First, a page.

I like to post stuff like this on the blog, because I never know how far reaching something that I post may be. This was a preliminary study, but if you know someone with breast cancer, it should be of great interest.
The results of a small clinical study suggest that omega-3 DHA (MAX EFAs from XCAP) may help extend the lives of women with cancer that has spread beyond the breast … by an average of one extra year.
Researchers based in Tours, France, recruited 25 women with breast cancer to participate in an “open-label, single-arm” study.
For the study, the women were asked to take 1.8 grams of DHA daily. They took the supplement for an average of 31 months.
Some women died very soon after the study started, while others were still alive eight years later.
The average survival time was 22 months, but it averaged 34 months in the women with the highest blood levels of omega-3 DHA, adding one year to the average survival period.
The authors noted that all 25 patients had particularly poor prognoses. In more than two-thirds of the women, their breast cancer had already spread to the liver – a particularly dire development – as well as to other places.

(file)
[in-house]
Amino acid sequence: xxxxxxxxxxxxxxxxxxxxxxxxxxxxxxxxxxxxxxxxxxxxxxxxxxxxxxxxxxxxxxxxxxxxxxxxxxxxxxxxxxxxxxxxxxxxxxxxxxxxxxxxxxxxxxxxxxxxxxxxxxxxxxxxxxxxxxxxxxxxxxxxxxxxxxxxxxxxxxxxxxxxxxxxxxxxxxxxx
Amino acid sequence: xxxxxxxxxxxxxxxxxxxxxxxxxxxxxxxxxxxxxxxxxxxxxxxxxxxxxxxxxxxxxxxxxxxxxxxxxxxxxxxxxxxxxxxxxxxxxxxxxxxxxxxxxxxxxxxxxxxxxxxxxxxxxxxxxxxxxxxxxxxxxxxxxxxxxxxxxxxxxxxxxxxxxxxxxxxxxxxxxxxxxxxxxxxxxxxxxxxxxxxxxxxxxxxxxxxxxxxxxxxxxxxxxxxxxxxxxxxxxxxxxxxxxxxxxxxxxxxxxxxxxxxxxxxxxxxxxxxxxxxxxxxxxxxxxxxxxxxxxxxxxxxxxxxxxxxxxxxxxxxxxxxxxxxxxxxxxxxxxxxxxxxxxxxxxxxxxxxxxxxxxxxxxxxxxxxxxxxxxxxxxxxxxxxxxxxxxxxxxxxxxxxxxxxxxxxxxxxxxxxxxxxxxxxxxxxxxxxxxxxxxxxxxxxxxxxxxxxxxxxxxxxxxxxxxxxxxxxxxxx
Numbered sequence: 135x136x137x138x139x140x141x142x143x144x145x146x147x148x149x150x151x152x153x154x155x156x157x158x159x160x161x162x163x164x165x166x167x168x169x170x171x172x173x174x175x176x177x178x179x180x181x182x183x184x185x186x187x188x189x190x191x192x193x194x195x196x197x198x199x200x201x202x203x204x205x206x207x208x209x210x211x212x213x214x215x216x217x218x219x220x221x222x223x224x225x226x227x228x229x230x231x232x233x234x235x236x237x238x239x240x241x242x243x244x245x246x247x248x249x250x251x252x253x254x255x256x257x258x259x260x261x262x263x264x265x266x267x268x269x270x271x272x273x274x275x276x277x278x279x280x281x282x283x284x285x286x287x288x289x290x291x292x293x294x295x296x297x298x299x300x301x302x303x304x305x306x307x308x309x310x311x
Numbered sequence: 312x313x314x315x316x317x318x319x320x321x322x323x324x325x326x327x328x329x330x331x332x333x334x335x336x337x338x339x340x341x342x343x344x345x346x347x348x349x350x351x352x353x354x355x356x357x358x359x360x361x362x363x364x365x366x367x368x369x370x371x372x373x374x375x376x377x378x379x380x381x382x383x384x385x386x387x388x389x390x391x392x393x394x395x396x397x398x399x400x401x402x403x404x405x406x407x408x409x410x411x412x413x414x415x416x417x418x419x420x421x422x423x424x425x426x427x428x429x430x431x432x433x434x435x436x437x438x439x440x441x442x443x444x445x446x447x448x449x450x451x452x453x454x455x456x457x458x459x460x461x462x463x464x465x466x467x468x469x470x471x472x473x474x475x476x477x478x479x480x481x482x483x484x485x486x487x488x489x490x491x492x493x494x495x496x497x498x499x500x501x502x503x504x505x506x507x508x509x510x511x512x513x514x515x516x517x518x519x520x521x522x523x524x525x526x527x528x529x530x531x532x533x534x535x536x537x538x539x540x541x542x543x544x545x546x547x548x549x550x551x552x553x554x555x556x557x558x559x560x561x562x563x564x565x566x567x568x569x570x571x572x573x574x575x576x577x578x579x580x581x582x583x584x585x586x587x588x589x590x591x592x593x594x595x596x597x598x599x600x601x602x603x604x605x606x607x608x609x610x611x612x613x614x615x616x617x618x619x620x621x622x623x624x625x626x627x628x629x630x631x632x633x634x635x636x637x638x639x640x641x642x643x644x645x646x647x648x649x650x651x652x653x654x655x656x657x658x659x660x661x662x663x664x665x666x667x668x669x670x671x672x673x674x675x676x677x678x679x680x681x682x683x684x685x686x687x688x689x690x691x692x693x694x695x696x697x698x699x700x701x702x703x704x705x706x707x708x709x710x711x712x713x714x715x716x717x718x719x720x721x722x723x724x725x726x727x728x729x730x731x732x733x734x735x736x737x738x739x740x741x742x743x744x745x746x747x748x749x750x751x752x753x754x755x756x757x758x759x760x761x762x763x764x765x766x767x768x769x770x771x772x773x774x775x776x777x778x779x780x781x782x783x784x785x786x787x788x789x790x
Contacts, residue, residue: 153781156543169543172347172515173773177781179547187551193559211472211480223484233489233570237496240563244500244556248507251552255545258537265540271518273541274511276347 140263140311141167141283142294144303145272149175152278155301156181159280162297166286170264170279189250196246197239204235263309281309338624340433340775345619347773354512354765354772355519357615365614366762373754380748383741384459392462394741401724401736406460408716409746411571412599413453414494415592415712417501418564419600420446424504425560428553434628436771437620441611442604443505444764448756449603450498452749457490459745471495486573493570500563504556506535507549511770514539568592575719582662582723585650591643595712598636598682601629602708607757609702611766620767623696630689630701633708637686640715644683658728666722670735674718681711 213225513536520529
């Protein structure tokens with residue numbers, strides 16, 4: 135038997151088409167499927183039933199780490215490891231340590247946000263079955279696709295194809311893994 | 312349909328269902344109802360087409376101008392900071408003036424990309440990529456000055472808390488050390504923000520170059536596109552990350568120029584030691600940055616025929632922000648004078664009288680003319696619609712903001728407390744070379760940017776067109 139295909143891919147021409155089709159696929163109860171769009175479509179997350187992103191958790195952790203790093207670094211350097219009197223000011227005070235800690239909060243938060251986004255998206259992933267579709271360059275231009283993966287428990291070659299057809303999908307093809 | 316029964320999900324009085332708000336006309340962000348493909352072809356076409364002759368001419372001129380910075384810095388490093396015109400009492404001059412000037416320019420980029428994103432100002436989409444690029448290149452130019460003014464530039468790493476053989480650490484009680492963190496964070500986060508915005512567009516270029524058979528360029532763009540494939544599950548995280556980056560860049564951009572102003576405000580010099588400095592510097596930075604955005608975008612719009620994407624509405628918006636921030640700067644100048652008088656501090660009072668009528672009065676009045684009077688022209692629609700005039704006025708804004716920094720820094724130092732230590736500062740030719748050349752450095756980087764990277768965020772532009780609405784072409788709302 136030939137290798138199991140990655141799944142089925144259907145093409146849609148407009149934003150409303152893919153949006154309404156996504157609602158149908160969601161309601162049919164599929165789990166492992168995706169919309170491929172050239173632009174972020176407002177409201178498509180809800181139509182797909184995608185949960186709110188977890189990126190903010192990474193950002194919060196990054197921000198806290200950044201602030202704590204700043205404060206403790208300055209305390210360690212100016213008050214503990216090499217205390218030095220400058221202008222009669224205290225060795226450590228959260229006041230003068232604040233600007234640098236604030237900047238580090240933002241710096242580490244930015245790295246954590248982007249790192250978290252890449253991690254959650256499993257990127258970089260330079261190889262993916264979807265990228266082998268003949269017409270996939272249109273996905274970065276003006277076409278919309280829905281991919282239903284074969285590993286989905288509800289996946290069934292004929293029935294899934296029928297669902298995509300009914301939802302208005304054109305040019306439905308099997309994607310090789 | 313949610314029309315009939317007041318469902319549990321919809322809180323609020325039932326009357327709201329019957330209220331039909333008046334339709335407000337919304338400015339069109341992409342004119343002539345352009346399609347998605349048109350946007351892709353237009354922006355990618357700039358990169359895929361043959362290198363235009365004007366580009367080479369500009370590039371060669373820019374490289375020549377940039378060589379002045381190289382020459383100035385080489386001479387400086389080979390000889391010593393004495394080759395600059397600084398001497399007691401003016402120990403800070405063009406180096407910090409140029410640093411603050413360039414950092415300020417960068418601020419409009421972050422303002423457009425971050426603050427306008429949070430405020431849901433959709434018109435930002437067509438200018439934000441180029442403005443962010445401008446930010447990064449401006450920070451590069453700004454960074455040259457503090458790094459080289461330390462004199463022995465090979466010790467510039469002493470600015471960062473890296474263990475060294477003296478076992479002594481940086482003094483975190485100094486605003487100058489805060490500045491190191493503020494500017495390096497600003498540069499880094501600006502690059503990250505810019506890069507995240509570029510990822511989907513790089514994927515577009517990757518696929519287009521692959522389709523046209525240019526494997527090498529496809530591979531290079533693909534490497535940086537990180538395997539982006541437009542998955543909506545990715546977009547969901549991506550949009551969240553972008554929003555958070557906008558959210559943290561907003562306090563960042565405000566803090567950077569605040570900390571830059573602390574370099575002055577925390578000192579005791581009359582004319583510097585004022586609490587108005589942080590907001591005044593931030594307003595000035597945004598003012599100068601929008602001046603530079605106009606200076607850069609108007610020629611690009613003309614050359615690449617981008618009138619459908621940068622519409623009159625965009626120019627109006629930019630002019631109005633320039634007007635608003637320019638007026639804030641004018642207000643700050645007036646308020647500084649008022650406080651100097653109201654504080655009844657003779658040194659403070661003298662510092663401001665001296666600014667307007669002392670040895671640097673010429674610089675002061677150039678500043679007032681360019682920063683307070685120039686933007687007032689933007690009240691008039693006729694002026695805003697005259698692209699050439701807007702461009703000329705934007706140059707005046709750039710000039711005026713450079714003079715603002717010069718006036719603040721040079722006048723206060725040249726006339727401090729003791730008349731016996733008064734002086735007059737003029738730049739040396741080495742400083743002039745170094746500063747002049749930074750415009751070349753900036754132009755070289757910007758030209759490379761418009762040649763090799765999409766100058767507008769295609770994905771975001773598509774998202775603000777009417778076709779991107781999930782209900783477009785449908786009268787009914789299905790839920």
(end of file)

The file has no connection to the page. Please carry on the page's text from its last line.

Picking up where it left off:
Although the trial had the limitations noted above, it also possessed features and produced outcomes that make the results significant.
First, the French team observed wide variations in the degree to which the women absorbed the DHA … and on average, the women with the highest DHA levels (measured by blood tests) survived the longest.
Second, they controlled for possible survival-influencing factors. And no factor other than variations in the women’s blood levels of DHA could account for the differences in survival.
This tight connection between DHA levels and survival duration led the authors to express optimism:
“Our data show for the first time that [adding DHA to chemotherapy] … has potential to substantially increase survival in metastatic breast cancer patients treated with chemotherapy.” (Bougnoux P et al. 2009)
DHA is one of the two essential omega-3 fatty acids found in human cells and in fish fats. The other is EPA.
The human body cannot survive without both DHA and EPA, which it can either absorb from fish fats or synthesize – very inefficiently – from the plant-form omega-3 (ALA), small amounts of which occur in leafy greens, beans, flaxseed, canola or soy oils, and walnuts.